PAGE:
With all the holidays happening this time of year for many people, there’s definitely a lot of pressure to be around family. Or at the very least, that’s how it has been for me. And being around my family can be really hard and especially lonely. During the years where I was completely in the closet, it was alienating and upsetting to hear the subtle microaggressions from my parents. And even now, being mostly out, I still feel alienated and upset.

Even with my parents being the walking definitions of liberal white middle class, there were and still are microaggressions. (Shockingly, being liberal doesn’t absolve you from being problematic.) My dad mentioned that he was tired of trans people being in his face about their identity (when in reality, they were just existing) and that Trayvon Martin was just as complicit in his death as George Zimmerman (I wish I was kidding). My mom has made numerous comments alluding to the belief that bisexuality is a fad or something that can be chosen.

There’s this pressure to always forgive family, that we should accept them and spend time with them. Familial obligations, for me, are always ways for guilt to override any concerns or feelings that I have towards my family. But in reality, I don’t think it’s necessary for people to consistently be forced with others regardless of familial ties. James St James wrote about realizing what family means and what it means being able to walk out on abusive people regards of their legal or biological claim on your life.

Chosen families are so lifesaving, especially for LGBTQ kids and people who are thrown out or disowned from their own families. I can only write about my own experiences being a white queer person with everything including families but Hannah Giorgis wrote about chosen families in unsafe spaces as an Ethiopian American writer and student, including:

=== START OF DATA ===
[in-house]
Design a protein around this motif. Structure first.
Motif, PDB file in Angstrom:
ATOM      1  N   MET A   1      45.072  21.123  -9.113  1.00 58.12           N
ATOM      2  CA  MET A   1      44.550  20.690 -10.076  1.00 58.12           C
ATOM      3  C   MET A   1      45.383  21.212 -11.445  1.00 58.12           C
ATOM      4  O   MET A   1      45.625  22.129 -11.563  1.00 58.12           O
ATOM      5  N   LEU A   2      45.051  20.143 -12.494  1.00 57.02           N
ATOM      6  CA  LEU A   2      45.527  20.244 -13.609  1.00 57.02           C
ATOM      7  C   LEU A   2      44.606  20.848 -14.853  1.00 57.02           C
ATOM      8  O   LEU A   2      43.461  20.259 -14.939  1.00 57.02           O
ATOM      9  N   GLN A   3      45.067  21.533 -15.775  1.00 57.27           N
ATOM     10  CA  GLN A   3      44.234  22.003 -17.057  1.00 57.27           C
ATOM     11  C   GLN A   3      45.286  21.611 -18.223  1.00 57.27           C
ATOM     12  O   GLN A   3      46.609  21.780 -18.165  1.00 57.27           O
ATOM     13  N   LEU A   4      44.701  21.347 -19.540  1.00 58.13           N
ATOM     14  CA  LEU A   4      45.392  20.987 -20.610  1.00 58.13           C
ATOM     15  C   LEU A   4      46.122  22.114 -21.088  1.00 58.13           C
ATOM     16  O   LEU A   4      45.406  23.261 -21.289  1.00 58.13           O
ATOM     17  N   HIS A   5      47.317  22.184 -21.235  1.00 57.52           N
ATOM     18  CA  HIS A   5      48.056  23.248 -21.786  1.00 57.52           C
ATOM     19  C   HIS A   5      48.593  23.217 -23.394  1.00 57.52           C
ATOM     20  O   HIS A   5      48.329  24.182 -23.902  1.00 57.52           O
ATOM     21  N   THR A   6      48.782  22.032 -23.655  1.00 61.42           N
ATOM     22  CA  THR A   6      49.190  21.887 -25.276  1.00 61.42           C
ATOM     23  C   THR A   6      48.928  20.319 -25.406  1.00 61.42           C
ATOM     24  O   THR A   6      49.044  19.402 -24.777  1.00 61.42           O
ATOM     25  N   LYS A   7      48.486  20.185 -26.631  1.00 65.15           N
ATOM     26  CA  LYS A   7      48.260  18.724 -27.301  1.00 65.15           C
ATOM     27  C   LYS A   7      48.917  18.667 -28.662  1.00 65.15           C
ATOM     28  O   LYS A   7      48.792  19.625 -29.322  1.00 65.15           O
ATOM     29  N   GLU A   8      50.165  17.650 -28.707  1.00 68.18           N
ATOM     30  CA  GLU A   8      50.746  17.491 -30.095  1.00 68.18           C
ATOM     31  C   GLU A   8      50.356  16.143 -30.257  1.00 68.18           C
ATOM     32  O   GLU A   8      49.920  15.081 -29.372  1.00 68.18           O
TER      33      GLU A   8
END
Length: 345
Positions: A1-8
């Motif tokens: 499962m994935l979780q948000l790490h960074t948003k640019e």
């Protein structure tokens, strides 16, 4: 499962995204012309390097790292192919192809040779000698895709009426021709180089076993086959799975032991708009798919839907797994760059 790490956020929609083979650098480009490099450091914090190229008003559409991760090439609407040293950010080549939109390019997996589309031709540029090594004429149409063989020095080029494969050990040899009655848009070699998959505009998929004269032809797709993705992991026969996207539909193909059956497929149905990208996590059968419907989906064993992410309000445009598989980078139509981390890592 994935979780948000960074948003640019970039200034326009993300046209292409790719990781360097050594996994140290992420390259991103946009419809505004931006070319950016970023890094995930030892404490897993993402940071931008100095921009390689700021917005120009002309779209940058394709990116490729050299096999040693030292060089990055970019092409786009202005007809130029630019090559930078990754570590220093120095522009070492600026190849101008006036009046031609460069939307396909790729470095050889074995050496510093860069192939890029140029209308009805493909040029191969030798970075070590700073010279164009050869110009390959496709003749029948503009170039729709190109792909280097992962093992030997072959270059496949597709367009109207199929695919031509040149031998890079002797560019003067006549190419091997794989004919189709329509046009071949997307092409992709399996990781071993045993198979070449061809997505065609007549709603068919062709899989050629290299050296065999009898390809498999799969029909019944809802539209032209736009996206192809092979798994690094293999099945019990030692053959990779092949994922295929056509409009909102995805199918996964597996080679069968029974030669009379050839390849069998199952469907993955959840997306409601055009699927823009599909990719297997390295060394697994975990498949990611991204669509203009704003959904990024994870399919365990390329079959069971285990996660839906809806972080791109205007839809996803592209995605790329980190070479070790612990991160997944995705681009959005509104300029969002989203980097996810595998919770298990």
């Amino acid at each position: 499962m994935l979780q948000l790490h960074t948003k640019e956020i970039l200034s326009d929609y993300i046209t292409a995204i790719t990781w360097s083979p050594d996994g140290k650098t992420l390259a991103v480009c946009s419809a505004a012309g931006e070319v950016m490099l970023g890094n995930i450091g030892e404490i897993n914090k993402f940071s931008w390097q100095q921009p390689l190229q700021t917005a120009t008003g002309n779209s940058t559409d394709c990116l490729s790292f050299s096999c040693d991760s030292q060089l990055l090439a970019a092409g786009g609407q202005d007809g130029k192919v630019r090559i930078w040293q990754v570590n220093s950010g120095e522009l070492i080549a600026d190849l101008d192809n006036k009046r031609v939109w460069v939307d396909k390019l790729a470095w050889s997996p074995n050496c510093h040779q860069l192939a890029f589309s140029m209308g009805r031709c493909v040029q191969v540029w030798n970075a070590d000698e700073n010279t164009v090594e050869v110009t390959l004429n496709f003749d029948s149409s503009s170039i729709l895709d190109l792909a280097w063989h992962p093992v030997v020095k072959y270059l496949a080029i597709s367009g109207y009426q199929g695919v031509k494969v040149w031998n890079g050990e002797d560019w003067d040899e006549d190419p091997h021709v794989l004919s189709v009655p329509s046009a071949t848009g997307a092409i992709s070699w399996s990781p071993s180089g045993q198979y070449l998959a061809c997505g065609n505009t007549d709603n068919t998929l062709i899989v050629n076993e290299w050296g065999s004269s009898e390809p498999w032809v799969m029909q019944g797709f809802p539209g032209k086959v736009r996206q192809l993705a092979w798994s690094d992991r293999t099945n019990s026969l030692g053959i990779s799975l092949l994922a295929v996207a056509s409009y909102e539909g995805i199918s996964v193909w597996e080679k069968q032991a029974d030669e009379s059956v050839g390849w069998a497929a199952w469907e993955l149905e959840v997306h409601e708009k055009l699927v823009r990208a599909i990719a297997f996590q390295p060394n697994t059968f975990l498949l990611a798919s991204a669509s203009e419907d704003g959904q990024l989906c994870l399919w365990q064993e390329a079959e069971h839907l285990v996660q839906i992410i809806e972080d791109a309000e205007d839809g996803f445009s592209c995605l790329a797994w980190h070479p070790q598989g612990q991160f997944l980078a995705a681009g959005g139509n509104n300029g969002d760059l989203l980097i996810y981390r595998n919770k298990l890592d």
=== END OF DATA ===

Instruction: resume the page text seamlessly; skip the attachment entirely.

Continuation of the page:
Chosen family do not only exist among those of us in the trenches of college campuses; they are also found in the battlefields of low-wage work, domestic labor, citizenship classes, white-dominated activist spaces, and among those who do not have the option of attending universities that teach us words like “intersectionality.” Chosen family rally around one another, forge deep bonds while moving through difficult circumstances, and recognize that self-actualization isn’t actually just about one’s self.

What I’m really trying to get at is that family shouldn’t be limited to the people related to you by blood or law and that you don’t have to stay with abusive people simply because they are family. It’s okay to put up boundaries and expect people to respect them and you. We all have our own secrets, our own experiences, our own lives that we have to deal with and sometimes family can be too much to deal with. Plus, family doesn’t have to be that usual definition and chosen families are just as important (if not more in some situations). There are people out there that will love you and support you, even if right now it doesn’t seem or feel that way. And that family is just as valid and important.

And during this holiday season (at least for some), it might be hard and stressful and overwhelming but remember that you are wonderful and loved and made by the universe. (Yes I know – cheesy but still true.) Give yourself time and space to recover and deal with everything during the stressful time because you deserve that.


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